This is our second chat in the Melanie & Becky series - who are the proud new owners of three ex-battery hens. We spoke to them last time about how they prepared and what they expected - they have now had the hens for two weeks.
1. How long have you had the chickens for now?
2.How did the chickens react when you first introduced them to their new home?
They tentatively pecked around and were keen to get into warm, enclosed spaces. While they were a little quiet, they were quite happy to be cuddled by the kids!
3. How has their behaviour been in the first few weeks? Have they been afraid of you?
One of the hens, Honey, is particularly friendly and likes to be patted. The other two, Truffle and Chablis, are a little more reserved but definitely like being around people. We have let them out "free-ranging" in the backyard each day for an hour or two which they initially found quite anxiety-provoking and would stick close to the coop. In the last week they have become much more adventurous and are exploring further each day. Honey has started to 'roost' at night in the hutch but Truffle and Chablis prefer to sleep on the floor, I think they might struggle to roost as they both limp.
We're also pleased to report that in the last 4 or 5 days the hens have started laying eggs!
4. How was their physical appearance when they arrived, and have they changed in the time you’ve had them?
They were all missing large patches of feathers. Their beaks have been reduced so aren't a normal shape and they find it hard to pick up grains from the ground, preferring to eat from a deeper dish. As I mentioned before, Truffle and Chablis also have quite bad limps, but these are getting better as time goes on.
Their appearances haven't changed a great deal in two weeks but their behaviour definitely has - they are all much more lively and interactive than they were when they first arrived.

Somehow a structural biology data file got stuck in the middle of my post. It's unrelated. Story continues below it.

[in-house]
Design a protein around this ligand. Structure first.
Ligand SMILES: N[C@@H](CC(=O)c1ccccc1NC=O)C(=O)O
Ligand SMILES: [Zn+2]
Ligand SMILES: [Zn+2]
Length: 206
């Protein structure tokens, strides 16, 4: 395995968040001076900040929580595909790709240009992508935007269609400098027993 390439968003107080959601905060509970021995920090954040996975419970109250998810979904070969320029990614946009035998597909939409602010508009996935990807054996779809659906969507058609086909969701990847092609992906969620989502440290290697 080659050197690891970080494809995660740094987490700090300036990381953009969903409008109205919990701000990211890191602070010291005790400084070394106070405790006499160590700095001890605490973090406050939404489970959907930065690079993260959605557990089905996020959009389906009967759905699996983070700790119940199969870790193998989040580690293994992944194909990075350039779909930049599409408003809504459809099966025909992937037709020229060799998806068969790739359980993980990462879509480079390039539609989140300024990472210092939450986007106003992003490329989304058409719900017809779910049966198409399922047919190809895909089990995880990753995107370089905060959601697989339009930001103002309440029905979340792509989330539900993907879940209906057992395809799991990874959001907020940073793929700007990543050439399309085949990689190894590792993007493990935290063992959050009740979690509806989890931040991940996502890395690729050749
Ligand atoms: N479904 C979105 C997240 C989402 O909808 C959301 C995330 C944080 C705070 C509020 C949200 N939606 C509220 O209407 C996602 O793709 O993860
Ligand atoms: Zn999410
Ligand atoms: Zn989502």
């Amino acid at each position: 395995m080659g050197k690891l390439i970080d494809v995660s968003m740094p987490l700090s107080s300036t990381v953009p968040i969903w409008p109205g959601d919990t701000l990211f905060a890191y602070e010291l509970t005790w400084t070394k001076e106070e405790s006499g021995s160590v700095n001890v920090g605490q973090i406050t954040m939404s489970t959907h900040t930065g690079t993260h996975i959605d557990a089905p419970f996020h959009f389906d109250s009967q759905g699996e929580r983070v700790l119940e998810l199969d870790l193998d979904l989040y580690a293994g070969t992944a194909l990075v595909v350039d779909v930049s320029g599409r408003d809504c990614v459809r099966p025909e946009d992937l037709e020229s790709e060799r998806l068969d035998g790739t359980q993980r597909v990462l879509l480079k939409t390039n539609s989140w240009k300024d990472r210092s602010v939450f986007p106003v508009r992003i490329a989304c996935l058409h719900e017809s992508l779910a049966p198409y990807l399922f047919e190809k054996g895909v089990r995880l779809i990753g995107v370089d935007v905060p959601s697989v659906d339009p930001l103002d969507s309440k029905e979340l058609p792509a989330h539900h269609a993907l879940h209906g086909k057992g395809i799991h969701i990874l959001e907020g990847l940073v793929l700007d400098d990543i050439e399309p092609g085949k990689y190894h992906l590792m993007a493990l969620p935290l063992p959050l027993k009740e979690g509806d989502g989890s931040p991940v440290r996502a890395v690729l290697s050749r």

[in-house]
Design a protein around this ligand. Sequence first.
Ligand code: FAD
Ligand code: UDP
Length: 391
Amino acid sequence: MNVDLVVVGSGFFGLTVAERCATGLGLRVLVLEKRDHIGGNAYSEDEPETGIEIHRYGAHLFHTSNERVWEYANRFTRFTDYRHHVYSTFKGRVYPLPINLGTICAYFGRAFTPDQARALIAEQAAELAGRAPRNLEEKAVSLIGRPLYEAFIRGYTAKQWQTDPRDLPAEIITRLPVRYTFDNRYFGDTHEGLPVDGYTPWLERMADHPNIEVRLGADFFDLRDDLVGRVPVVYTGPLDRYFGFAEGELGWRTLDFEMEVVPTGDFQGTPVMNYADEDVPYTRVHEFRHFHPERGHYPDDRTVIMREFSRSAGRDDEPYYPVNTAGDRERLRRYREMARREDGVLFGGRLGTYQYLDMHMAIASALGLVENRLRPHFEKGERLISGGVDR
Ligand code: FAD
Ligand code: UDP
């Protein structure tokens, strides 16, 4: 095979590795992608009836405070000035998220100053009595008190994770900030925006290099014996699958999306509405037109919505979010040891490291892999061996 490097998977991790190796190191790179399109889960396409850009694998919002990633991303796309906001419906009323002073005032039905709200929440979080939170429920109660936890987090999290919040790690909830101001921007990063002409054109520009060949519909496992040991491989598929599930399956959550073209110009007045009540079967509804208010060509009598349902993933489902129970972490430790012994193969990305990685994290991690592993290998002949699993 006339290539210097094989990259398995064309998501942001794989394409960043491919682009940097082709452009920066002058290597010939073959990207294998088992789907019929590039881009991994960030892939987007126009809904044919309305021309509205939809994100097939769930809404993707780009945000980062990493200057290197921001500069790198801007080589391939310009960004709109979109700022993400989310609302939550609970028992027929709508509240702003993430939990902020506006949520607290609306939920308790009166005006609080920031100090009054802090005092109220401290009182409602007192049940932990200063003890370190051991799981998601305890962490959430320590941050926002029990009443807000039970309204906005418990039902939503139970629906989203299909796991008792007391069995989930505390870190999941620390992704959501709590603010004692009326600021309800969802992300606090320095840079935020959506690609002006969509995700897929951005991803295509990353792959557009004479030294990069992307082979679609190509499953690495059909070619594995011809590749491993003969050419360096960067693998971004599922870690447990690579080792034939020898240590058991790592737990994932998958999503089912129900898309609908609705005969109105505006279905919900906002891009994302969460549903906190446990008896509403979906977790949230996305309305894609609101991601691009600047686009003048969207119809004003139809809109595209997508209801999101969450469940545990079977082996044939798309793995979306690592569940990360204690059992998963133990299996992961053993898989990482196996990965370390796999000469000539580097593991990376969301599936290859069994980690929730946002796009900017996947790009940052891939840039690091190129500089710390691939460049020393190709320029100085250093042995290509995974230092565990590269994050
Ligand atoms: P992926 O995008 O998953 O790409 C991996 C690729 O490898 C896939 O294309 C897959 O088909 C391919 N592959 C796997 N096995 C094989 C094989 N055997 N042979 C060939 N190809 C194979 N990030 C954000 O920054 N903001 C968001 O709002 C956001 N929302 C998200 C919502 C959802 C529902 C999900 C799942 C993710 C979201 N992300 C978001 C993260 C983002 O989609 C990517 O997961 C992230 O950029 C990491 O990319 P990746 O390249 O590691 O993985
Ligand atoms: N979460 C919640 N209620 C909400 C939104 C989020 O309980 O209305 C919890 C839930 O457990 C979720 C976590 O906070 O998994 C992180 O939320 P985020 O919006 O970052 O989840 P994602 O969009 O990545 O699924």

5. We hear your neighbour has also adopted some hens and it’s turned into a bit of a community effort - can you tell me more about this?
Becky and I are neighbours and because Becky's place doesn't have a very big backyard we decided to house the chickens in my yard and share the care of them. We were initially going to get just two hens but the Bagley-Jones family, who also live on our street, heard we were adopting hens and were keen to be a part of it so we adopted three hens. All of the hens are housed in the coop at my house but we are splitting the cost and time to care for them three ways.
6. How are your chickens liking their coop?
They love the coop! Initially they had trouble walking up and down the ramp that goes in and out of the enclosed hutch so we were lifting them in and out each morning and evening. The reason they have trouble is because their feet have been damaged by being cramped in the battery cage and I think their general fitness is not great. A few days ago, I went down just after dark to lift them up into the hutch and they were all already in there - settled for the night! Then the next morning when I opened up the door to the hutch they all made their way, albeit a little tentatively, down the ramp and onto the ground. So they are enjoying their home with no restrictions now. They are laying eggs usually in the nesting boxes, sometimes on the floor of the hutch. They also love having dust baths in the open area.
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